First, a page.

How to Write a Restaurant Job Offer Letter [Sample & Free Template]
By: AJ Beltis
Jul 16, 2018
When you find a great candidate for your restaurant staff, time is of the essence: you need to secure his or her employment before another restaurant sweeps them up.
Quality candidates are hard to find and hard to keep: at present, the restaurant industry has found itself victim to a nationwide, multi-industry labor shortage.
Add to that the fact that only 68% of job offers are accepted – a stat that has been steadily declining since 2015 as the economy has improved – and you now have even further incentive to write and deliver your restaurant's offer letter as soon as your team decides to hire someone.
In this article, we'll:
Highlight the essentials of a great restaurant offer letter.
Cover the format you should follow when writing an offer letter.
Provide you with a restaurant offer letter sample template for free.
Quick disclaimer before we get to the offer letter – make sure you're delivering it to the right person!
If you hire the wrong candidate, all the effort you put into writing the offer letter will have gone to waste when they quit upon realizing your restaurant isn't the place for them, or when you inevitably have to let them go upon realizing they're not a fit for your restaurant. Both scenarios are pretty common in the restaurant space and directly contribute to the 72.9% annual employee turnover rate plaguing our industry.
This is why you need to master the interview process. Check out these resources below for helpful tips and best practices for sourcing, interviewing, and extending an offer to the right restaurant employees:
For more tips, watch the video from The Restaurant Boss, Ryan Gromfin – a frequent writer for the Toast Blog – below.
Part 2: Inform the Candidate of the Incoming Offer
Once you're ready to officially make an offer, give the candidate a call and let them know an offer letter is coming their way.
Do this as soon as you're sure you're extending an offer to a candidate you want on your restaurant staff, as 32% of job offers are rejected because the candidate took another offer and another 11% rejected an offer due to a lengthy hiring process.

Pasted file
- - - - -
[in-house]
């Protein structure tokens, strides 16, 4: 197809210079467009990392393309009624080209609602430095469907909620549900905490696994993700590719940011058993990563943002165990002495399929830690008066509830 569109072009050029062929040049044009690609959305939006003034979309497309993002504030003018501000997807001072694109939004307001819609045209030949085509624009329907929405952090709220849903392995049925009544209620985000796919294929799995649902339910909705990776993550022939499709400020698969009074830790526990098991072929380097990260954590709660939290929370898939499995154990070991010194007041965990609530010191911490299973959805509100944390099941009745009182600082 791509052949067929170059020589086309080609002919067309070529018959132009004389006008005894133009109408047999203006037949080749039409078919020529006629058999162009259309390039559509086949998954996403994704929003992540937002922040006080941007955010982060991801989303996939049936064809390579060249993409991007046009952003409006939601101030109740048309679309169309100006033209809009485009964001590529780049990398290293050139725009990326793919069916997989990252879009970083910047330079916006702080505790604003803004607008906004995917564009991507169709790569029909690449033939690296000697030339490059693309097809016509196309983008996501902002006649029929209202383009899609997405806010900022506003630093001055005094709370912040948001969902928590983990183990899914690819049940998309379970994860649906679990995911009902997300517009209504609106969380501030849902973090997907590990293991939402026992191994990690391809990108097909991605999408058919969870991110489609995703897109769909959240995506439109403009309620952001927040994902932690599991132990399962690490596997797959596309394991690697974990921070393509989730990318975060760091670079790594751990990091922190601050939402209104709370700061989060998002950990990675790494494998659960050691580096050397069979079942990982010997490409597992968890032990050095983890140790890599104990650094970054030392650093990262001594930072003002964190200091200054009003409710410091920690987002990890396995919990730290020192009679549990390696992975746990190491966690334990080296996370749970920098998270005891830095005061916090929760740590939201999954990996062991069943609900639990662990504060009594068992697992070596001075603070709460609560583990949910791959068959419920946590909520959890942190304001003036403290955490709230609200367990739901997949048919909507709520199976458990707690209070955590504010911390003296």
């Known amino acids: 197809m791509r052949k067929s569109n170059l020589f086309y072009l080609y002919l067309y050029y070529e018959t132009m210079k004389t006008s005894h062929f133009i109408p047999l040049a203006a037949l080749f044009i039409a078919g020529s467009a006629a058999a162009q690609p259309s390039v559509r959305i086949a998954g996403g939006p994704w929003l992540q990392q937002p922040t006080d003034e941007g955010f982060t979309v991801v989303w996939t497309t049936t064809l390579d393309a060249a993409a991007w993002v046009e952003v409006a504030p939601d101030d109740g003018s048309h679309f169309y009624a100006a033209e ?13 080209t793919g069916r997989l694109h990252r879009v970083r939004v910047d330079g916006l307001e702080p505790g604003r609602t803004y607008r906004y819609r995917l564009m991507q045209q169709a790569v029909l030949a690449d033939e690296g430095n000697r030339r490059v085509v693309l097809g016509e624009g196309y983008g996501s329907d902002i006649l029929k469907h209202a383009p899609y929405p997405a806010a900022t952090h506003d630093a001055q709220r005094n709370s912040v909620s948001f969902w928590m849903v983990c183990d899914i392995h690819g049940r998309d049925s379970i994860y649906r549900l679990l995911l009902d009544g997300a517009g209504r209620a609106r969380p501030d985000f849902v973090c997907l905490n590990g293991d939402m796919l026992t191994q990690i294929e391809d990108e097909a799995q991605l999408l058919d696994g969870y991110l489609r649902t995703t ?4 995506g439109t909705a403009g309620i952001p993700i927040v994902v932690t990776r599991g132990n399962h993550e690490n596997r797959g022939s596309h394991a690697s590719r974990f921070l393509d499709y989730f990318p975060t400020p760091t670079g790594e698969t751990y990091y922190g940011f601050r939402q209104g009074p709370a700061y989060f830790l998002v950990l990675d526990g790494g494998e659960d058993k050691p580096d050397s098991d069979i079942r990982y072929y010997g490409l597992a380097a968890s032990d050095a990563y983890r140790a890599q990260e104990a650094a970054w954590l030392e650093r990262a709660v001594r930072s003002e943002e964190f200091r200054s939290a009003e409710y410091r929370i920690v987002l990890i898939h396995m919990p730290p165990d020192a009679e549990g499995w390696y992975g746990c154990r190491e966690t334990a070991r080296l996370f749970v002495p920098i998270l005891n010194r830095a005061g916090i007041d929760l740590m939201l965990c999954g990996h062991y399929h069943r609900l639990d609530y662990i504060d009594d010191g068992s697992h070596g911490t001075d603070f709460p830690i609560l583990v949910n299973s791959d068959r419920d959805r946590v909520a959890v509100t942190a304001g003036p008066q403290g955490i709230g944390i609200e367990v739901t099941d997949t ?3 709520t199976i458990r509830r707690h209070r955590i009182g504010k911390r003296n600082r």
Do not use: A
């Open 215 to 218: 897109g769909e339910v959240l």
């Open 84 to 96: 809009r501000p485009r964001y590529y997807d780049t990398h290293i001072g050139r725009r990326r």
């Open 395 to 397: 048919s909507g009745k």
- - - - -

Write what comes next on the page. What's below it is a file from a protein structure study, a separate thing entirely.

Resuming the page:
Use this phone conversation to gauge their interest in working at your restaurant before sending the letter – there's a chance they may have decided not to take the job with your company, which means you can instead extend the offer to any other candidates you had on the table, or hit the ground running by interviewing other prospective restaurant employees.
The offer letter you send should be the final version – make sure discussions of role, start date, pay, and expectations are settled before delivering the letter.
Part 3: Drafting the Offer Letter
Now for the main event – the job offer letter.
A restaurant job offer letter is the way that you and your candidate "get it in writing", taking you both one step closer to an official, professional relationship.
The offer letter is more than just an official invitation for employment – it's one more chance to showcase your brand to a future staff member and to start communicating clearly and openly about your goals, your restaurant mission statement, and your values.
Your offer letter needs to have a few fundamentals, such as:
Once you've covered the basics about their role, responsibilities, and your expectations, add in details about additional workplace perks and benefits that make the role and working for your restaurant all the more enticing. Consider plugging these in:
A restaurant job offer letter should be as thorough as possible without running on for pages and pages. Give the reader all the information they'll need to make an informed decision about the role and your restaurant and leave your contact information for any questions they may have.
Part 4: Close the Deal!
If your offer letter is as killer as it ought to be – full of details, information, and wording that aligns with your restaurant's brand and vision – the candidate should have no problem signing, sealing, and delivering it immediately.
Included on the letter should be a decision deadline – typically one week after an offer has been extended to a job candidate – as well as the preferred delivery method (email, in person, etc.).
Once the candidate is signed, it's your job to follow through with the expectations you've set regarding hours, pay, benefits, and workplace culture.
Here are a few assets that can help you onboard new hires more efficiently and keep them around longer:
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